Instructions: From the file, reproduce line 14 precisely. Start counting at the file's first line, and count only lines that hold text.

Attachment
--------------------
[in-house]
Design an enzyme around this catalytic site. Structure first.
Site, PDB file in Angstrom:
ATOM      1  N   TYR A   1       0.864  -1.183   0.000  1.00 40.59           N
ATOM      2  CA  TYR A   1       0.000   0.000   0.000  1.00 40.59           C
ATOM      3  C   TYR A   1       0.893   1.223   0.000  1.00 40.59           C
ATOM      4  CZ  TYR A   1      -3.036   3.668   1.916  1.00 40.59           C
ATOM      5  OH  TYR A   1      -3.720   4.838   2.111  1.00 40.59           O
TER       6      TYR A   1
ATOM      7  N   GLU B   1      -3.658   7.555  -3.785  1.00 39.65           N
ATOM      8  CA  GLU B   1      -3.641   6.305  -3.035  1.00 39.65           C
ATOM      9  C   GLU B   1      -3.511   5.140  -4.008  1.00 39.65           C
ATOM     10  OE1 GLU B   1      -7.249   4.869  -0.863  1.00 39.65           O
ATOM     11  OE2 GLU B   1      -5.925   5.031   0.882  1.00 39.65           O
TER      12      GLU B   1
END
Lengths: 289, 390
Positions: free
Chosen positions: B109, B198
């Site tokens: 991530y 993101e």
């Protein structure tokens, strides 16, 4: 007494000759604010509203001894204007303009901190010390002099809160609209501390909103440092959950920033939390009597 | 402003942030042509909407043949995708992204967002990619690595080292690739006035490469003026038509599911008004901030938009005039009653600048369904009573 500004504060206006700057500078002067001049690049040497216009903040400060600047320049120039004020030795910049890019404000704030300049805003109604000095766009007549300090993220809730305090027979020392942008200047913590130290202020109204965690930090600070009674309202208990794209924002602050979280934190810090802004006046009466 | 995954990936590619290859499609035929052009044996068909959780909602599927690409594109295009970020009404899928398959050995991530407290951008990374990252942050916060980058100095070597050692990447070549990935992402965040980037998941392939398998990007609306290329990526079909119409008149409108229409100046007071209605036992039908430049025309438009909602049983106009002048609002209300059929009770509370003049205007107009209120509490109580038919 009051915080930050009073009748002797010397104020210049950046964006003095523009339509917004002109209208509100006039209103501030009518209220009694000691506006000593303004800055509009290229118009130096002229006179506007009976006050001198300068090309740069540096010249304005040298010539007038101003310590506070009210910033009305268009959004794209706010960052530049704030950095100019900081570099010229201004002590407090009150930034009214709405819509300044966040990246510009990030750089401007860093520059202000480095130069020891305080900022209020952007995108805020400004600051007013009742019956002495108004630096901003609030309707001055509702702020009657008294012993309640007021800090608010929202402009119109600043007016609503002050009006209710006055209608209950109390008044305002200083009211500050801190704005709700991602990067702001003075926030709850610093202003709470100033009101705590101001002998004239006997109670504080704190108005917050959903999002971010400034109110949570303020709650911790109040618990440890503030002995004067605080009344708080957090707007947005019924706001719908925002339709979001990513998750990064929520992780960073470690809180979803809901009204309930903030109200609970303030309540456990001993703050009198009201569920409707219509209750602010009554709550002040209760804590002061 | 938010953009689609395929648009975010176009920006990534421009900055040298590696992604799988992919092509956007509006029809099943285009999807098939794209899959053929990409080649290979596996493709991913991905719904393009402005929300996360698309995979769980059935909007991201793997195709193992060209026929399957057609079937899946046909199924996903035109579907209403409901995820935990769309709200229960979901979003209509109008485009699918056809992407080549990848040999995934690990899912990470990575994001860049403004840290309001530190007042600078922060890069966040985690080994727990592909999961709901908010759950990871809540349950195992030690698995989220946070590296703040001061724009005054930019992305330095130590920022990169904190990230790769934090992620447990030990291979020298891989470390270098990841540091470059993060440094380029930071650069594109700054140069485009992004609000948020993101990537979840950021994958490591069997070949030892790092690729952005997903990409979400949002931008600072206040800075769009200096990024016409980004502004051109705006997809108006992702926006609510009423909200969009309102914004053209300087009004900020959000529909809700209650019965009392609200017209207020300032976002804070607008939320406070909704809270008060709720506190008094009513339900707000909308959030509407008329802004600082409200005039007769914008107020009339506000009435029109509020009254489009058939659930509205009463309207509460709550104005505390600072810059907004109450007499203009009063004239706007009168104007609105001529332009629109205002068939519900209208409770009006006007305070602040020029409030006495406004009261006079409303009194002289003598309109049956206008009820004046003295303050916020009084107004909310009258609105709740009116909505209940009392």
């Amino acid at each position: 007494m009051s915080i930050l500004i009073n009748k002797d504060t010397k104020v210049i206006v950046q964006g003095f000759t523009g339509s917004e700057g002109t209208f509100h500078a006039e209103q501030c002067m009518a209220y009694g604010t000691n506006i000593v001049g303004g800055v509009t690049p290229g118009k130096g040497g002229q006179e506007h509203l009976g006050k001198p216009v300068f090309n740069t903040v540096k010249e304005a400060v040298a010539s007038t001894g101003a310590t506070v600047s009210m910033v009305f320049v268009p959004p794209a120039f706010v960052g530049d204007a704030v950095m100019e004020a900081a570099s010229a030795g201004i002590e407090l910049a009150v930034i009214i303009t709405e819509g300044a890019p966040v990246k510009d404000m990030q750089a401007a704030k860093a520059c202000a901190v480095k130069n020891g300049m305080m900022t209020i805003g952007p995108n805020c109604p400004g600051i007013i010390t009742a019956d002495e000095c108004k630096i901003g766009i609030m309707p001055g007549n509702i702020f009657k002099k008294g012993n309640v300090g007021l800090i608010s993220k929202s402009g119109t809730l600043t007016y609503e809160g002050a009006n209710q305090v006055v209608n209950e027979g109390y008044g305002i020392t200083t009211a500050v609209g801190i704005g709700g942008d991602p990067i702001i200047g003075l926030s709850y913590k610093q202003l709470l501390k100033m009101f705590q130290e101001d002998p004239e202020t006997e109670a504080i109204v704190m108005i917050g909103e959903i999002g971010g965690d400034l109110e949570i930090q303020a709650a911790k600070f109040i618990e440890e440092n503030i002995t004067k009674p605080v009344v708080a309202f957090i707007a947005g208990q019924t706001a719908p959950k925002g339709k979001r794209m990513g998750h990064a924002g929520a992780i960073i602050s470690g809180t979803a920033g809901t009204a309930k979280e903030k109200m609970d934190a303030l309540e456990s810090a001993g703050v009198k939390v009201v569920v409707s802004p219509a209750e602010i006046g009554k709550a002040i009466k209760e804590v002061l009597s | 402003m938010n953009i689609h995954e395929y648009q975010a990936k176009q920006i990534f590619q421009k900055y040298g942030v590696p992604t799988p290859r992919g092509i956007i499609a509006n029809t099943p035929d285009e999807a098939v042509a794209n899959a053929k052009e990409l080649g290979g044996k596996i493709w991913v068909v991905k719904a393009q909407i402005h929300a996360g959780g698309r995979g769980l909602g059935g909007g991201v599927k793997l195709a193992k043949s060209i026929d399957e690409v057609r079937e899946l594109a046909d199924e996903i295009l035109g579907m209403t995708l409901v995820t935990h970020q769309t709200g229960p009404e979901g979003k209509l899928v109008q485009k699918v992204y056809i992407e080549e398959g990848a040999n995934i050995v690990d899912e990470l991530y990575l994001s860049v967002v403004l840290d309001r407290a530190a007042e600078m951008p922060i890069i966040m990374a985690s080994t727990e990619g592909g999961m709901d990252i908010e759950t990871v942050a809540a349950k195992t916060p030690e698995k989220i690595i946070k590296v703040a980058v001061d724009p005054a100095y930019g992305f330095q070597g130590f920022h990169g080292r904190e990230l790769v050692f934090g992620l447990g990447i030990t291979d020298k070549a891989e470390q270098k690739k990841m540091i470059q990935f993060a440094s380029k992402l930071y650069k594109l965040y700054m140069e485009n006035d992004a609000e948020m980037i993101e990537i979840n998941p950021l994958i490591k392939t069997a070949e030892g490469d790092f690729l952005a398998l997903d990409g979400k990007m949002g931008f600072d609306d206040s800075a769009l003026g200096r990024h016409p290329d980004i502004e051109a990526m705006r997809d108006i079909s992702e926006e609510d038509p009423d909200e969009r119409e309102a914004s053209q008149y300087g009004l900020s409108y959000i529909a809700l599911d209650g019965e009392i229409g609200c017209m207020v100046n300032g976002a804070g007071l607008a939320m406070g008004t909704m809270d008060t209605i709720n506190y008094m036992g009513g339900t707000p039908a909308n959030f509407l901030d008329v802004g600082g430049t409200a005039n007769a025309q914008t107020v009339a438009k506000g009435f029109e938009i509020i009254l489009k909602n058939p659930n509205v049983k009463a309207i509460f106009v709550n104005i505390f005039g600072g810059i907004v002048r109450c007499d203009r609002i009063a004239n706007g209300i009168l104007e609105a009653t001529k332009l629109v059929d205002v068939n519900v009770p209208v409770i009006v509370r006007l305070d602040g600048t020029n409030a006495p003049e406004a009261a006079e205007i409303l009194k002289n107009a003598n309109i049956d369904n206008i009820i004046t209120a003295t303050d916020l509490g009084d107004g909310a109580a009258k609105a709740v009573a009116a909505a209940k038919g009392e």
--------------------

ATOM     11  OE2 GLU B   1      -5.925   5.031   0.882  1.00 39.65           O